Leading Museums, Museum Leaders

MAAS Powerhouse opens Unpopular exhibition

Unpopular (exhibition view) featuring Mudhoney | Rocket From The Crypt | The Del Emmas, The Metro (Sydney), artwork by Ben Brown, 2000 – photo by Zan Wimberley.

Powerhouse Museum unveils Unpopular, Australian Arts Review, 26 October 2022

Sydney’s Powerhouse Museum has unveiled Unpopular – a major exhibition featuring the never-before-seen archive of music entrepreneur Stephen ‘Pav’ Pavlovic. The exhibition explores the global rise of the alternative music scene that included cornerstone bands such as Nirvana, Beastie Boys, Sonic Youth, Fugazi and Bikini Kill.

Opening to the public on Thursday 27 October, Unpopular features more than 200 objects from Pavlovic’s extensive archive, alongside stories and oral histories from the community of artists he worked with, bringing visitors backstage and behind the scenes of this era of live music.

Pavlovic began his career promoting shows, music tours and festivals at 19, making his name bringing ground-breaking international musicians to Australia, including the first and only Australian tour for Nirvana, one of the most influential bands in music history.

In 1995 Pavlovic launched the hugely significant Summersault festival across five Australian cities, shaping an era-defining bill that included Beastie Boys, Sonic Youth, Beck, Foo Fighters, Pavement, Rancid, Jawbreaker, Bikini Kill and The Amps.

Realising Summersault could celebrate the emerging cultural movement through avenues beyond the music festival, Pavlovic engaged Aaron Rose of Alleged Gallery in New York to curate an art exhibition titled Culture is Our Business that toured in parallel with the music and showcased work by emerging artists such as Spike Jonze, Mike Mills and Rita Ackermann.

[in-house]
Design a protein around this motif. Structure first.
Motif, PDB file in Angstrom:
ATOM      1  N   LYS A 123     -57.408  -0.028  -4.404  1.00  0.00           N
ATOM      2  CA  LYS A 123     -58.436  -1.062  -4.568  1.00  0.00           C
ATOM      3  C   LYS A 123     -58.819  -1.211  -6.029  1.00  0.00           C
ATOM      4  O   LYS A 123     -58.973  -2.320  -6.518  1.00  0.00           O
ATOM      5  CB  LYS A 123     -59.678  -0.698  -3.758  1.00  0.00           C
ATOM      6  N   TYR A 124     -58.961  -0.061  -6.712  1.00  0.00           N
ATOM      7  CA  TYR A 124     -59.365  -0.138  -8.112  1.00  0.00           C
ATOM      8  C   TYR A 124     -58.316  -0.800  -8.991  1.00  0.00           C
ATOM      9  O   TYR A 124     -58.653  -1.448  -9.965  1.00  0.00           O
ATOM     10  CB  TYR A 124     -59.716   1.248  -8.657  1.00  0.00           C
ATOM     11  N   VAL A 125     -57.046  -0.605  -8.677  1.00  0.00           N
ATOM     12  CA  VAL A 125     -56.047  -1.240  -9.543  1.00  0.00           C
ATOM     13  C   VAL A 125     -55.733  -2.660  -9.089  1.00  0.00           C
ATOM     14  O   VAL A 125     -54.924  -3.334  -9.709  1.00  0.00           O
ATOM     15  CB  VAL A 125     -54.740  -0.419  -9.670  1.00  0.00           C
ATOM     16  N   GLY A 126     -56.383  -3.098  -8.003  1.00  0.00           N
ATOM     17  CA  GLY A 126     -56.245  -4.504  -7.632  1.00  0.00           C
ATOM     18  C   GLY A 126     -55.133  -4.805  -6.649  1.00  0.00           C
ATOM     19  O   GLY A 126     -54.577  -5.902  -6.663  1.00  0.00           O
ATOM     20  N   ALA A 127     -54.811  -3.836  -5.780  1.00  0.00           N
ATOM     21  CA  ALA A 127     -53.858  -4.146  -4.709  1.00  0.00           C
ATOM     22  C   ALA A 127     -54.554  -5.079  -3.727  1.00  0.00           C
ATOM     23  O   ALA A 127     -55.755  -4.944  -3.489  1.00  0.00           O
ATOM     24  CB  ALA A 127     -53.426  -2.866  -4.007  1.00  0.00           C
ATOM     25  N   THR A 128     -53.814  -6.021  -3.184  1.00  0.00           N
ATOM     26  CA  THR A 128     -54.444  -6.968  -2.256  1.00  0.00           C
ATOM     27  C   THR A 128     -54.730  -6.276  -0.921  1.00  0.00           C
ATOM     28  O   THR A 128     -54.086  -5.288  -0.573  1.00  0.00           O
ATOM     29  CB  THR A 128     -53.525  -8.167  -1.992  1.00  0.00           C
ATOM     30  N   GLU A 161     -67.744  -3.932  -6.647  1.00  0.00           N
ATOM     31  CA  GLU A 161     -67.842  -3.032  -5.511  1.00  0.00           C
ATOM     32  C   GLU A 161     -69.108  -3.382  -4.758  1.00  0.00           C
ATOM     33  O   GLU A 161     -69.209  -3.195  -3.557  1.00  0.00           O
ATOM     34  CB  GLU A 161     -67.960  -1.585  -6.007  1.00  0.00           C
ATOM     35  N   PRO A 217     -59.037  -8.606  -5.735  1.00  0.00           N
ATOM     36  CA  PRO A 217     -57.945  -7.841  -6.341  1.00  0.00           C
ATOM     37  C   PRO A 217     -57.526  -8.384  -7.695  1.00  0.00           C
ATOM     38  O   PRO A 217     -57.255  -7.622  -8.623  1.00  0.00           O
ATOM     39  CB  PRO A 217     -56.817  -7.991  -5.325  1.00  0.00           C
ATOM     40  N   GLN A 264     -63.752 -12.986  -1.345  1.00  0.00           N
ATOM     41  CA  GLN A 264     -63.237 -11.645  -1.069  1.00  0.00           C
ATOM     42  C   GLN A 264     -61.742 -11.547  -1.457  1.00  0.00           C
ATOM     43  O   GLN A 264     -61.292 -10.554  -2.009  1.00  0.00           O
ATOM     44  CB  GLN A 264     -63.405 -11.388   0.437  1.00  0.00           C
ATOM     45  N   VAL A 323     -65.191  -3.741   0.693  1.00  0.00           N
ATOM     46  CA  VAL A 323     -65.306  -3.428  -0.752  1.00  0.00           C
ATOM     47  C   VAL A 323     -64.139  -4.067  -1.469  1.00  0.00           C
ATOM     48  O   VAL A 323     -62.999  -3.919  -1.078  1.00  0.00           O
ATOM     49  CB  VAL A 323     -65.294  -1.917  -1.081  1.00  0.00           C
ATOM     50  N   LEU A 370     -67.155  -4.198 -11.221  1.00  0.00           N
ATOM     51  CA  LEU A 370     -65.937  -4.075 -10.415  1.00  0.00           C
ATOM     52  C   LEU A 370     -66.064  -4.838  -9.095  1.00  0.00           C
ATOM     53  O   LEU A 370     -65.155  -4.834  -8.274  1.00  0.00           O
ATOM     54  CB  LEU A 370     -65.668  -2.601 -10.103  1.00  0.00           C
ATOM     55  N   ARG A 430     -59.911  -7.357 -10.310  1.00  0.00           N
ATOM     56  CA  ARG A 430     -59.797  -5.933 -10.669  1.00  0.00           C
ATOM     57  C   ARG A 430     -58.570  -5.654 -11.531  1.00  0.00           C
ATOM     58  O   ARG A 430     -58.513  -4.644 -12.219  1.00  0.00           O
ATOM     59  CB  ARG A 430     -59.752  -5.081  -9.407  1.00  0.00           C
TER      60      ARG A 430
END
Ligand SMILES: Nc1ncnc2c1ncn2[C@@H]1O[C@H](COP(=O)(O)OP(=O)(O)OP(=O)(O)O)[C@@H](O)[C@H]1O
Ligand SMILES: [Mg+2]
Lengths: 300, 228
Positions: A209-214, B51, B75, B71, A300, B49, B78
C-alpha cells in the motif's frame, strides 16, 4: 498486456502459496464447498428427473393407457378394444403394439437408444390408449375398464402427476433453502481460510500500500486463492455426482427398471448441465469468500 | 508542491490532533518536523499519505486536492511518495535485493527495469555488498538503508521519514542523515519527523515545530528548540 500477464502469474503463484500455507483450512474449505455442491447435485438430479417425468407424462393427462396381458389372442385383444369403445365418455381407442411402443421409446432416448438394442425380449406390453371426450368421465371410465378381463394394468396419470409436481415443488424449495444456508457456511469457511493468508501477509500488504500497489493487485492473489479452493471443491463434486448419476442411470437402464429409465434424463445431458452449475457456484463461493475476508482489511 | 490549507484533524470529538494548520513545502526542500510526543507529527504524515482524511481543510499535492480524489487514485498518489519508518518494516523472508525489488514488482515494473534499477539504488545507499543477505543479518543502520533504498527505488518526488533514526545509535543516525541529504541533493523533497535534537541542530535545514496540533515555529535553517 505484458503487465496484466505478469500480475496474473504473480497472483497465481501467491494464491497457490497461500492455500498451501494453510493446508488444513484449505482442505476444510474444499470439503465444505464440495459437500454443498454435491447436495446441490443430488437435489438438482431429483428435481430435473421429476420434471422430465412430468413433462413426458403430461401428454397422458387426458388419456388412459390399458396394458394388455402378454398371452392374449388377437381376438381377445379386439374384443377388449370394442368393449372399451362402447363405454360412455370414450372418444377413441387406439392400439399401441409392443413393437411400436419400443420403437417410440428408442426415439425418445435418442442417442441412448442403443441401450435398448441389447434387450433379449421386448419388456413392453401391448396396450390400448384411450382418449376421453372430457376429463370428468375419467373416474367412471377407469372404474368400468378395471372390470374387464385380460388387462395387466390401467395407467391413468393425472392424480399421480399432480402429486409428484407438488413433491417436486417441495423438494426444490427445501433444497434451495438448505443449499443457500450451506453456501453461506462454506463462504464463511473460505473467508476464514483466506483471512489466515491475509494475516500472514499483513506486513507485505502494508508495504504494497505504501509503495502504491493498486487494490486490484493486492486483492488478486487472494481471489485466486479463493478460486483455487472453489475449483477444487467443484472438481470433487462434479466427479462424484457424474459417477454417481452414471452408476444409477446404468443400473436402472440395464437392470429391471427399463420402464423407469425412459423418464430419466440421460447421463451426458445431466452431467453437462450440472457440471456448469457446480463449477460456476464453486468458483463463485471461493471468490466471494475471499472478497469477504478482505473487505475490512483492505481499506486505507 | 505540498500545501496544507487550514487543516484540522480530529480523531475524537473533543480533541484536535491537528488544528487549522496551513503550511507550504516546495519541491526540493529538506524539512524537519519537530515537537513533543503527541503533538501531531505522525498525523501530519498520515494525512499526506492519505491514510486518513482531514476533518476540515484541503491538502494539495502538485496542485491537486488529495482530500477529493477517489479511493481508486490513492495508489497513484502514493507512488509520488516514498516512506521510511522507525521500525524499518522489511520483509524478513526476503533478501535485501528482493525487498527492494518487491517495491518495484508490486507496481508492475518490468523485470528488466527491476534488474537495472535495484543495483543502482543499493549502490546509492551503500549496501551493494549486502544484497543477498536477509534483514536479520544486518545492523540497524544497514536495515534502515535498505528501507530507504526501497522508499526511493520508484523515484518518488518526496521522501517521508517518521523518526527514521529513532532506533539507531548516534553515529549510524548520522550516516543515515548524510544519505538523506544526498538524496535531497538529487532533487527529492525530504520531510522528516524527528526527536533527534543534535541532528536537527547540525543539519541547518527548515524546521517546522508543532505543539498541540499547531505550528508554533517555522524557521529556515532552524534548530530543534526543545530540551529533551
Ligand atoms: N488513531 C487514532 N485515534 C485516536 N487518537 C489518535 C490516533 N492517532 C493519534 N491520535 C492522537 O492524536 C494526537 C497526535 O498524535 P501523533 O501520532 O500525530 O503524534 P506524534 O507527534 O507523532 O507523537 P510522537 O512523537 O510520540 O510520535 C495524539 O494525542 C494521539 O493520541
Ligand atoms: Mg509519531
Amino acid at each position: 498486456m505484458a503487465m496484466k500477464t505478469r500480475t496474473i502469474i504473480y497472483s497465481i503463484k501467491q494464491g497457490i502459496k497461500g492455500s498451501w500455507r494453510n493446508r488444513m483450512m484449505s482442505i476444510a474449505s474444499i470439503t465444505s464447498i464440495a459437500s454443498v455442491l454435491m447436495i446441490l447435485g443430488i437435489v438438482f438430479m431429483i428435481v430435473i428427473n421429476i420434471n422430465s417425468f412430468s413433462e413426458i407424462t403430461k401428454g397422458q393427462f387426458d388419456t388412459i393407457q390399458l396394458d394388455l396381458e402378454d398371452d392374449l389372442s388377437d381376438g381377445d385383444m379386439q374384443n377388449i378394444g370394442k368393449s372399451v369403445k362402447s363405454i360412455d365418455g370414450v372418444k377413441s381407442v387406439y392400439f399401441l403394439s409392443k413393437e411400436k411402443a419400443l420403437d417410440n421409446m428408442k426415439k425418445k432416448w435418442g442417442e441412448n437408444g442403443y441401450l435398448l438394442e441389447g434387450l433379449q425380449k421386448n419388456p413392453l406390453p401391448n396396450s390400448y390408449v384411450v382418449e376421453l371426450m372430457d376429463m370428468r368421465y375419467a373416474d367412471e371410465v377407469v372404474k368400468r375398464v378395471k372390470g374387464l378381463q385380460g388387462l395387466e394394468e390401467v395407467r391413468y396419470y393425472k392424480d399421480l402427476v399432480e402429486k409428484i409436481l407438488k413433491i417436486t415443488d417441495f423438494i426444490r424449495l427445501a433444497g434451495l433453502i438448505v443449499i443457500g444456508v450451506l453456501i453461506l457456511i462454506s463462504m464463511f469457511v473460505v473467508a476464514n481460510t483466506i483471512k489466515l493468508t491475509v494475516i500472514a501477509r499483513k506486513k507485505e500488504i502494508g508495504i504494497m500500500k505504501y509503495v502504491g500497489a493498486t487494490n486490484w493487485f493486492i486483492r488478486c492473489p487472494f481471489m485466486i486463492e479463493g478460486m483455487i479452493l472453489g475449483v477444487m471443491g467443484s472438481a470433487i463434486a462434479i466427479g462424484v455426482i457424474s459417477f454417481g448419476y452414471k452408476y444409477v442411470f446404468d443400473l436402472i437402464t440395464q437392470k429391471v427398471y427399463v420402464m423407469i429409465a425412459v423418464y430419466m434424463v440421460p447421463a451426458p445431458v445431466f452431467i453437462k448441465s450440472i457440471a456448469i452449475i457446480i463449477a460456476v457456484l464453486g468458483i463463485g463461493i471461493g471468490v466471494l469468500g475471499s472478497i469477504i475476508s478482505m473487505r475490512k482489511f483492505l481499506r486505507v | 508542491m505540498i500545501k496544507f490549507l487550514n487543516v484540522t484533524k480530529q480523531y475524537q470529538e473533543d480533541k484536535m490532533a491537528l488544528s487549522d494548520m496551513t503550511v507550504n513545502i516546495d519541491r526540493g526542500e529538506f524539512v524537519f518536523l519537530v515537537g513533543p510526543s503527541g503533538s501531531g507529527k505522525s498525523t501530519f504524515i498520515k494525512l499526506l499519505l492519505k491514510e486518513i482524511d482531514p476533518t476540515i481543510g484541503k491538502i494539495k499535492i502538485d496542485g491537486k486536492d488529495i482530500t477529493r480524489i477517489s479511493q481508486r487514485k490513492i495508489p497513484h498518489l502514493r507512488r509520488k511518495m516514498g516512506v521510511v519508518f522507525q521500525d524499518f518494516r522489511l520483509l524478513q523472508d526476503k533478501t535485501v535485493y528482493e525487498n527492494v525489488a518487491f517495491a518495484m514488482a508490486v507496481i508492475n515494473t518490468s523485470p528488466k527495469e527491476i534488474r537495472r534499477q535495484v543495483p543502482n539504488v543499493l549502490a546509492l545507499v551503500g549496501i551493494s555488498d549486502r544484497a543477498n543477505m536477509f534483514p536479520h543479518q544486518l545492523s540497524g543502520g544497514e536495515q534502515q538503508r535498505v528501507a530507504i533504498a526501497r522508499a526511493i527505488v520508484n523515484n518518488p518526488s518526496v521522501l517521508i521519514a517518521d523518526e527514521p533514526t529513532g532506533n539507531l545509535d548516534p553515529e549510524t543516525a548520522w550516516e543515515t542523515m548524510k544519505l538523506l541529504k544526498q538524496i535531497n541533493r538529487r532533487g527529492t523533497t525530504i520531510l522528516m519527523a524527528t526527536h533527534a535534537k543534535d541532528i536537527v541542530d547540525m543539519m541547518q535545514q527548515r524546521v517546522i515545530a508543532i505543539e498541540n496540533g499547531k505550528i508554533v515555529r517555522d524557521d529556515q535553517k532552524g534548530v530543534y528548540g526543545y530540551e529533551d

As the Creative Director of Unpopular, Pavlovic has worked alongside Powerhouse curators, renowned designer, Alice Babidge and sound designers Warren Ellis and Julian Wessels, to develop the exhibition.

Original objects on display from Pavlovic’s extensive archive include photographs, posters, graphic art, fanzines, tour itineraries, setlists, and personal handwritten letters and postcards. Unseen video footage and unheard music demos and live audio recordings provide a dynamic audio-visual experience.

A spotlight on Nirvana is an exhibition highlight, featuring live footage of the band’s first performance in Australia at the Phoenician Club in Sydney in 1992 and Kurt Cobain’s Martin Guitar (on loan from Peter Freedman, founder of RØDE), played during his 1993 MTV Unplugged performance in New York, now holding the record for the most expensive guitar in the world.

Other international bands that Pavlovic brought to Australia and are featured in the exhibition include the likes of Fugazi, Hole, The Lemonheads, Mudhoney, Jon Spencer Blues Explosion, Helmet and many more.

A series of interviews between Pavlovic and music greats such as Dave Grohl (Nirvana, Foo Fighters), Ian MacKaye (Fugazi), Kathleen Hanna (Bikini Kill), Mike D and Ad-Rock (Beastie Boys), Melissa Auf Der Maur (Hole) and Kim Gordon (Sonic Youth) reflect on the bands’ tours to Australia. Audiences will encounter these oral histories throughout the exhibition.

The archive includes works created by Pavlovic’s collaborators including graphic designers Ben Brown, Cathie Glassby, Paul McNeil and Paul Curtis and photographers Sophie Howarth, Neil Wallace and Piet Weinman.

Artist Lillian O’Neil and artist and filmmaker Julian Klincewicz were invited by Pavlovic to re-interpret the archive material and have created major new works for the exhibition.